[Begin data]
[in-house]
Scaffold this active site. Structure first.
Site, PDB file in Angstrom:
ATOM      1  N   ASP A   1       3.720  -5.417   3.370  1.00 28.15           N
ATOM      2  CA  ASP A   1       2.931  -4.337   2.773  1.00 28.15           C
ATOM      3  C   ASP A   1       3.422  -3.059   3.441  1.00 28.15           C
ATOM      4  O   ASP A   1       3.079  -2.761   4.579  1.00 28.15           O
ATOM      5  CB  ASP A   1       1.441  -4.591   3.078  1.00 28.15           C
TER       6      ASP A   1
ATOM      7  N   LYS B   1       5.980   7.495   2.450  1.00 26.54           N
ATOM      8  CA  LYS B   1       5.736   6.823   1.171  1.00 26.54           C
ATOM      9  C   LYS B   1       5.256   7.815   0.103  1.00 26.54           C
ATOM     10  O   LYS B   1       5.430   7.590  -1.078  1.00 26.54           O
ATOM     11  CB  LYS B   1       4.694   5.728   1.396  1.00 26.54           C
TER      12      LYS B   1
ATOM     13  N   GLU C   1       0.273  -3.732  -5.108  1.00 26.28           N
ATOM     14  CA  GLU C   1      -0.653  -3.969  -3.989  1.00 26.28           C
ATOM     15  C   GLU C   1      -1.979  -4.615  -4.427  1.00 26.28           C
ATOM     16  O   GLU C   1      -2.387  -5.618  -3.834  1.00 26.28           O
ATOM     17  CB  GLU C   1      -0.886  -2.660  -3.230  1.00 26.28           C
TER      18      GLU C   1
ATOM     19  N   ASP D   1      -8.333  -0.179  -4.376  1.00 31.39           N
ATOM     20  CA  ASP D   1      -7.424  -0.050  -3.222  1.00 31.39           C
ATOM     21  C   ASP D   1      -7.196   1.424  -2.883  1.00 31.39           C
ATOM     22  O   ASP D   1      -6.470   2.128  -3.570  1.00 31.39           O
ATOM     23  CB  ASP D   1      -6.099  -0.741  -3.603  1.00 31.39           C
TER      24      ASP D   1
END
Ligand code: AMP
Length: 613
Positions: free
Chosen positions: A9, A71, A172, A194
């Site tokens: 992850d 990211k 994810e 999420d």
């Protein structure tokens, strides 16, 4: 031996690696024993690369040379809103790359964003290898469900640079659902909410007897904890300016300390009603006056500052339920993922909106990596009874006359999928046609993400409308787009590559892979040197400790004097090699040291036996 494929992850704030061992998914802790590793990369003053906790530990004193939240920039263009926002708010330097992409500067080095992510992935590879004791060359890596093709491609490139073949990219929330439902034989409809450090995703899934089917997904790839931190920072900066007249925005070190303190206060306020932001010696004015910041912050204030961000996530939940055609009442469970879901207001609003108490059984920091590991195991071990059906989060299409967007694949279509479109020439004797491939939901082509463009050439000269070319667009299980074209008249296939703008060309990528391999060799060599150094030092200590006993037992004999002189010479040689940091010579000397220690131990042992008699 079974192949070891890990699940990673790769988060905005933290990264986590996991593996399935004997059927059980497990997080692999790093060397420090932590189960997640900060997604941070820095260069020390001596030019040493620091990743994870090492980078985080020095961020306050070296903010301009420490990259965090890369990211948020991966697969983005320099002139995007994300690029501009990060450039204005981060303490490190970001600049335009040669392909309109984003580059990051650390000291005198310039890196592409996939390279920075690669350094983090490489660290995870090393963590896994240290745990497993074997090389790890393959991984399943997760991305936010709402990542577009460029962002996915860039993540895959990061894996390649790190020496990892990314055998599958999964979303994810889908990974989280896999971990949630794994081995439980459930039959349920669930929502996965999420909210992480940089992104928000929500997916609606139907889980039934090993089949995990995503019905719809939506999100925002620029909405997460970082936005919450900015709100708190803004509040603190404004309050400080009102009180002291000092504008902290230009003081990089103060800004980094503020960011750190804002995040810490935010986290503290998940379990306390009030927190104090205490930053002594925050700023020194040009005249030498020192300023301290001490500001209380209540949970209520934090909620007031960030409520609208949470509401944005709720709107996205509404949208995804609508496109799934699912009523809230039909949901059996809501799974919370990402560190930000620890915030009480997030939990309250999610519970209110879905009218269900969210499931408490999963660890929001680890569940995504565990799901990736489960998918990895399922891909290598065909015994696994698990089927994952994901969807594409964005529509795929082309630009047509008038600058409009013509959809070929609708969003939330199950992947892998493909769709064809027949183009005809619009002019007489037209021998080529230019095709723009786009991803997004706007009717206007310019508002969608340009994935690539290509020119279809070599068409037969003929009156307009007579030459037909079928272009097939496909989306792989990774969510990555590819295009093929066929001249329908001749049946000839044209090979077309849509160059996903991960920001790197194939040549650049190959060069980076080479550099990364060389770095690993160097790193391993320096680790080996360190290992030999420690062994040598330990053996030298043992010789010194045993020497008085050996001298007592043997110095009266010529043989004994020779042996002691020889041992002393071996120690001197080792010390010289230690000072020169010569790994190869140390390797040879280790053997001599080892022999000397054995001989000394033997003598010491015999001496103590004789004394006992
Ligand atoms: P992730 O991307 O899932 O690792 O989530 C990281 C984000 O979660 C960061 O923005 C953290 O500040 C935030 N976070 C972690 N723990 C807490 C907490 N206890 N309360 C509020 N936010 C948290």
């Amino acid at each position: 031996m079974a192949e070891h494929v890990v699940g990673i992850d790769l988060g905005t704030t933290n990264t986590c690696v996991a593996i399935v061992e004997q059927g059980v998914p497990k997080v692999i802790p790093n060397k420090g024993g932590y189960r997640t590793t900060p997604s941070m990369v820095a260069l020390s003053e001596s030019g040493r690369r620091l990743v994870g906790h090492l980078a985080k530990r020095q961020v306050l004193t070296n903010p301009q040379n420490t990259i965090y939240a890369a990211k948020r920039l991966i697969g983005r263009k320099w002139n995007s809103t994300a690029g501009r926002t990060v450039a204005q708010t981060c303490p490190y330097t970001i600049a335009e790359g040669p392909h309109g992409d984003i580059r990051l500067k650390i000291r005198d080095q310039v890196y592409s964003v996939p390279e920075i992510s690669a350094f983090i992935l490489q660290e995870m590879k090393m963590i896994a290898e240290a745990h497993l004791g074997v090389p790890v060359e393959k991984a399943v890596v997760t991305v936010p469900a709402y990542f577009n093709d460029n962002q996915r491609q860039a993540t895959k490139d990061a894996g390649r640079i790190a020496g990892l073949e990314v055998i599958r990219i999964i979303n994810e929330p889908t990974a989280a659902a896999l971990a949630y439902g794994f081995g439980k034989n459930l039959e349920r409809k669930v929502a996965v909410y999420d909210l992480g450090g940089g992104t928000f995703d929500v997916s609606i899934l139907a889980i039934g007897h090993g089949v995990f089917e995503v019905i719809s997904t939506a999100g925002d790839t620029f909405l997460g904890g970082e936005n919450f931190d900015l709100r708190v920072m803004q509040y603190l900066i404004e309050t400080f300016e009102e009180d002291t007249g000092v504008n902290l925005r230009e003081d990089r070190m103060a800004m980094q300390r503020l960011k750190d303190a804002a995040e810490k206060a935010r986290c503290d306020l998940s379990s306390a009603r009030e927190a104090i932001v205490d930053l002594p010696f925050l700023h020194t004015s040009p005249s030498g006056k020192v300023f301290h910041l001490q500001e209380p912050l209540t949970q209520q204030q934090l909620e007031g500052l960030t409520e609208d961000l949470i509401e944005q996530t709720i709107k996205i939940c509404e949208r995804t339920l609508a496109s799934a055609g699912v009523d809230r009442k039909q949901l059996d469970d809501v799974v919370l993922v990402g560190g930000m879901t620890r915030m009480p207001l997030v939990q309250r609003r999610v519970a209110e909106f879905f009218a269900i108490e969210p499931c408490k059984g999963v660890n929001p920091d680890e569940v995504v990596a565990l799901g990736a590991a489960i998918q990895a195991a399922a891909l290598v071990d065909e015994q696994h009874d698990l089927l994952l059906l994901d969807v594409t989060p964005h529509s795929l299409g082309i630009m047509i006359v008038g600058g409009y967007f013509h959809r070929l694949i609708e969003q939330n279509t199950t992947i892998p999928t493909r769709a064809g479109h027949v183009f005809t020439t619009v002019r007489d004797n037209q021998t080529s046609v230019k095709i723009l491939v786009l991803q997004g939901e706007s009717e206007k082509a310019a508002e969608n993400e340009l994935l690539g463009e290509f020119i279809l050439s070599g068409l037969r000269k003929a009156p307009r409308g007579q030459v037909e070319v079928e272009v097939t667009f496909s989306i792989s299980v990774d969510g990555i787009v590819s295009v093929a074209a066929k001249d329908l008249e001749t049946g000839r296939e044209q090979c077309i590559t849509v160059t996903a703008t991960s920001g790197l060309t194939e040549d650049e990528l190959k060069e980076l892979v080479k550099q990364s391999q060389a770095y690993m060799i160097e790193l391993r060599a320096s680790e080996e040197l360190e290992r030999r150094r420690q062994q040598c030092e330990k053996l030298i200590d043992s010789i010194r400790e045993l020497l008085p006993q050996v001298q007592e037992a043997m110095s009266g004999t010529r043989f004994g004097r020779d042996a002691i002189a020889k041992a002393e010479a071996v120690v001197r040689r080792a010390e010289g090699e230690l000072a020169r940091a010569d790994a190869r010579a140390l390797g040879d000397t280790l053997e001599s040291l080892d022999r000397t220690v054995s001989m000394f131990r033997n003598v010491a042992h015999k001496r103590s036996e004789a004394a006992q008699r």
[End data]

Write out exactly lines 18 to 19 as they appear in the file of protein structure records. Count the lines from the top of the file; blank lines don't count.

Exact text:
ATOM     15  C   GLU C   1      -1.979  -4.615  -4.427  1.00 26.28           C
ATOM     16  O   GLU C   1      -2.387  -5.618  -3.834  1.00 26.28           O